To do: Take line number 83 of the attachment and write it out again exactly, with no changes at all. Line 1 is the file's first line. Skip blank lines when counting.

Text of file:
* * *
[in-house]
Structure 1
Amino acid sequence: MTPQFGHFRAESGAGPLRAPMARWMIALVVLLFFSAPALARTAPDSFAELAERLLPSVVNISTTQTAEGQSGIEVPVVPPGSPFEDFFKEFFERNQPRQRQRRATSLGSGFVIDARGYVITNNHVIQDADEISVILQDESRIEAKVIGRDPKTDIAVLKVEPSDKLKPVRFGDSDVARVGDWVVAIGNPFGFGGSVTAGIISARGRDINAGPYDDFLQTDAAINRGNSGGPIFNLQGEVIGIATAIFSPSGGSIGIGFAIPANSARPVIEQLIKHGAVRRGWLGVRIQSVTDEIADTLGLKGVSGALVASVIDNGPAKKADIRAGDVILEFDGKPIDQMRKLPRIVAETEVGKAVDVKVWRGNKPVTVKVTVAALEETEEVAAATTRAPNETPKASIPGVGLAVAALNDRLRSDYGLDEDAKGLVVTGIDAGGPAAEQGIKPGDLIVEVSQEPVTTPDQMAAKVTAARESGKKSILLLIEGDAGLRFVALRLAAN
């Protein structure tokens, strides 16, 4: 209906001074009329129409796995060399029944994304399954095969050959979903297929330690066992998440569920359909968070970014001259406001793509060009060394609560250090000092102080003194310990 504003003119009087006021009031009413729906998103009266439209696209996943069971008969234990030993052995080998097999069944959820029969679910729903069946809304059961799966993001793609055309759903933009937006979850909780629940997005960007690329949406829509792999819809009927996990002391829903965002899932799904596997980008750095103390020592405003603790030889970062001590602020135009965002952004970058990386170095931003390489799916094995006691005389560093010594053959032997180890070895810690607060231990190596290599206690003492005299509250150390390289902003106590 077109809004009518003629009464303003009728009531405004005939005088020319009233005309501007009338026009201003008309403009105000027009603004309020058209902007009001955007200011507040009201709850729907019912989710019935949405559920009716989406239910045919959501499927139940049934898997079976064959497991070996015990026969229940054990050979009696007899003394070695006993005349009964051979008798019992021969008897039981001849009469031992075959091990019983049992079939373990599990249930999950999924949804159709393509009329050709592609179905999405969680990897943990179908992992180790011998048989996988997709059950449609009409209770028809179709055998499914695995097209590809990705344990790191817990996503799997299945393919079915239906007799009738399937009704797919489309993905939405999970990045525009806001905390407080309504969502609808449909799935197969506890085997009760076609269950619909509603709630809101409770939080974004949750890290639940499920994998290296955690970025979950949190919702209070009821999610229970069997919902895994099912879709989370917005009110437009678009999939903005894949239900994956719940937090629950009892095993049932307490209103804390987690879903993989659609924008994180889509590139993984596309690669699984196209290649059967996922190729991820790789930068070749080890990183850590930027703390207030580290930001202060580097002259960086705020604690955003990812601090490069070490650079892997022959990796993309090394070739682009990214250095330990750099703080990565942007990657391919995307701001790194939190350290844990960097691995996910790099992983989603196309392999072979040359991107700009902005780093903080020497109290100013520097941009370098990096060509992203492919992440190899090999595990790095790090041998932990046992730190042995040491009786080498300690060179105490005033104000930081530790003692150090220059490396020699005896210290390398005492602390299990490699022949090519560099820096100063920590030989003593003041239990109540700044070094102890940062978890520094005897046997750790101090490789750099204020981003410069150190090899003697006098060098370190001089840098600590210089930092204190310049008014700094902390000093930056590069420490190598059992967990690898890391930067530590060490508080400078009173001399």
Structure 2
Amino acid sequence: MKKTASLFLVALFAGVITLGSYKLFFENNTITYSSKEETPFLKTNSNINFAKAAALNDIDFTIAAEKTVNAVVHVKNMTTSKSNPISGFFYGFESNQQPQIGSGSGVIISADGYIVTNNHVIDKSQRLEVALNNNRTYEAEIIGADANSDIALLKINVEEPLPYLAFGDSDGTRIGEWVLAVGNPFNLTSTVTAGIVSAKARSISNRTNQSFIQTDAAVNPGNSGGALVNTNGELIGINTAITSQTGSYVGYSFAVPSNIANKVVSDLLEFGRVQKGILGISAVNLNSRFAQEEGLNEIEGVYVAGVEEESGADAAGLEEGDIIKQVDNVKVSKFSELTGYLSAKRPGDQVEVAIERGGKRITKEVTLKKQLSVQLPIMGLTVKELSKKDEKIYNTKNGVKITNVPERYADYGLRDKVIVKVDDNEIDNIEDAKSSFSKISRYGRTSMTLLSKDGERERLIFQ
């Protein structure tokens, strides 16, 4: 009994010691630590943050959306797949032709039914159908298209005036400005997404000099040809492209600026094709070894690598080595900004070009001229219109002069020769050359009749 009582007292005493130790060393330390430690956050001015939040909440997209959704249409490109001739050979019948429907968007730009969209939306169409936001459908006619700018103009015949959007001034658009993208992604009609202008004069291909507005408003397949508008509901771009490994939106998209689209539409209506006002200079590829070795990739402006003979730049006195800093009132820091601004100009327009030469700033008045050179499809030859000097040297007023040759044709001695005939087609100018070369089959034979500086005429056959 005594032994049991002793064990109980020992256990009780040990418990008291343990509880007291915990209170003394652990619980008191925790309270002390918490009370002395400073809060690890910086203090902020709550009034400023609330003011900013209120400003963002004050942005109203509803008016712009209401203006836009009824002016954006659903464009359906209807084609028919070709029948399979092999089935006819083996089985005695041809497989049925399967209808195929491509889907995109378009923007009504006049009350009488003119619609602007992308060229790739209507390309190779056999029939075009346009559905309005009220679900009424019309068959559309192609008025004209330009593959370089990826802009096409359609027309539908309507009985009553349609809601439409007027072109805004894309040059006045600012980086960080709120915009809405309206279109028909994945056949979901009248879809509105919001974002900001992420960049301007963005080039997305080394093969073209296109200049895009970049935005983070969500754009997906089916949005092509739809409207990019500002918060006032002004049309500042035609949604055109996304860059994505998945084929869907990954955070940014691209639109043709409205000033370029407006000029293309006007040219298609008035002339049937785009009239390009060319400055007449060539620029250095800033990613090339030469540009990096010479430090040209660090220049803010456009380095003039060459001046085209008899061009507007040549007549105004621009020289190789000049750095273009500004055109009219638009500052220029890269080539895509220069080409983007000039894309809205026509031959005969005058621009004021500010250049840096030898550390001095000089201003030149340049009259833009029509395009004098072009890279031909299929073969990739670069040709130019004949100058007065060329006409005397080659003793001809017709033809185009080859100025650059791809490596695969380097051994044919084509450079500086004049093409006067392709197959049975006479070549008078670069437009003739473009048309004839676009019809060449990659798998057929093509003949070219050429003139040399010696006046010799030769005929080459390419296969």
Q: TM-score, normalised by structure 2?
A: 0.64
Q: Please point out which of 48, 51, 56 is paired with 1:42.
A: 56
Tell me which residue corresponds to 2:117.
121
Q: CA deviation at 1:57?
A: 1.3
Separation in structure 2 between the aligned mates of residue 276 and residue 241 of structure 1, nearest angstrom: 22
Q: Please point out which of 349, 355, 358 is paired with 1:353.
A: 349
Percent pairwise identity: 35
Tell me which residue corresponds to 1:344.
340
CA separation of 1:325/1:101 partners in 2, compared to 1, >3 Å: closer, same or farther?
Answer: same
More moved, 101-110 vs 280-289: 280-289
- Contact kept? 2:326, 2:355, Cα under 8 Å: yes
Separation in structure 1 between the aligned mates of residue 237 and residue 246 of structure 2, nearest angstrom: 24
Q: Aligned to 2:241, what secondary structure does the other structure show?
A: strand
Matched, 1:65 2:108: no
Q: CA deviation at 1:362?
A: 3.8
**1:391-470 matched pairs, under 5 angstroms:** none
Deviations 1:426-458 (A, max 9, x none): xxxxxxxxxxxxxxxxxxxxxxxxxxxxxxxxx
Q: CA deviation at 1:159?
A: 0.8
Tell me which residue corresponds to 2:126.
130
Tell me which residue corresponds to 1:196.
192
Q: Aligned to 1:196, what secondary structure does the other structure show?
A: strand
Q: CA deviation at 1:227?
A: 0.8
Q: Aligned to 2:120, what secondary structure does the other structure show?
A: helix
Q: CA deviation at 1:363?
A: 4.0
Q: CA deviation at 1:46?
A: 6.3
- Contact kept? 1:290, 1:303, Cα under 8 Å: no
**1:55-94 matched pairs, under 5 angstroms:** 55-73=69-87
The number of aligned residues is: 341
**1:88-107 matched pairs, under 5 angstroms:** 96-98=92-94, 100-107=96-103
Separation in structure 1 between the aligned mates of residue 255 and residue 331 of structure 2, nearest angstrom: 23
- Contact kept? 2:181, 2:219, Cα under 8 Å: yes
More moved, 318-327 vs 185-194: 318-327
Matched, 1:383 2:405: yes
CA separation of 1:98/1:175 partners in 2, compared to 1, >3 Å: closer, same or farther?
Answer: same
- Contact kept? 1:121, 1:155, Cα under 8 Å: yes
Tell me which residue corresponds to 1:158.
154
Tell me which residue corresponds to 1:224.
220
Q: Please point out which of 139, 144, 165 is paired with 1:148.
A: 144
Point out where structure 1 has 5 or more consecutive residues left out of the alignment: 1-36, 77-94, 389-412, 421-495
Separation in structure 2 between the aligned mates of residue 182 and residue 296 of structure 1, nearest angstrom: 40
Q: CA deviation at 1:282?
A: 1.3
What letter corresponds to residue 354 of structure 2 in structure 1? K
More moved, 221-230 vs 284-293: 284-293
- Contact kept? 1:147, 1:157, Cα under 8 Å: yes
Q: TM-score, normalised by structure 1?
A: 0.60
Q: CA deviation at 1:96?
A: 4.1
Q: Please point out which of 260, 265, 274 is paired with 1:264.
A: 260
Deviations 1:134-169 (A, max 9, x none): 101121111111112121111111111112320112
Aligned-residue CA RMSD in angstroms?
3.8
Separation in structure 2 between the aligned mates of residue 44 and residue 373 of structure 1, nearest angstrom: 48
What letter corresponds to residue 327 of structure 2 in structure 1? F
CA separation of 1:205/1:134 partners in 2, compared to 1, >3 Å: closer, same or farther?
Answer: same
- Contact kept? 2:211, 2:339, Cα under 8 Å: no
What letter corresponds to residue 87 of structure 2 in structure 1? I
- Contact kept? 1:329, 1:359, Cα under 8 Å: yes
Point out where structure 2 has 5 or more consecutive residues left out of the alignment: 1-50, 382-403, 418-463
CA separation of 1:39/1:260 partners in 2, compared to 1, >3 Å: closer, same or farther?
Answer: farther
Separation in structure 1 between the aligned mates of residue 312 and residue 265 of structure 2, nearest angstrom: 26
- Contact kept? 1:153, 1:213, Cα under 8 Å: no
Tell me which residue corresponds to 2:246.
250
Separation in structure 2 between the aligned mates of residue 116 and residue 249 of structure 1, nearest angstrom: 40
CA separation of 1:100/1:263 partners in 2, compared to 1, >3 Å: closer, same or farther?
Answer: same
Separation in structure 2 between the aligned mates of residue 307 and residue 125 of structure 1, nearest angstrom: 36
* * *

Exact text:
Separation in structure 2 between the aligned mates of residue 44 and residue 373 of structure 1, nearest angstrom: 48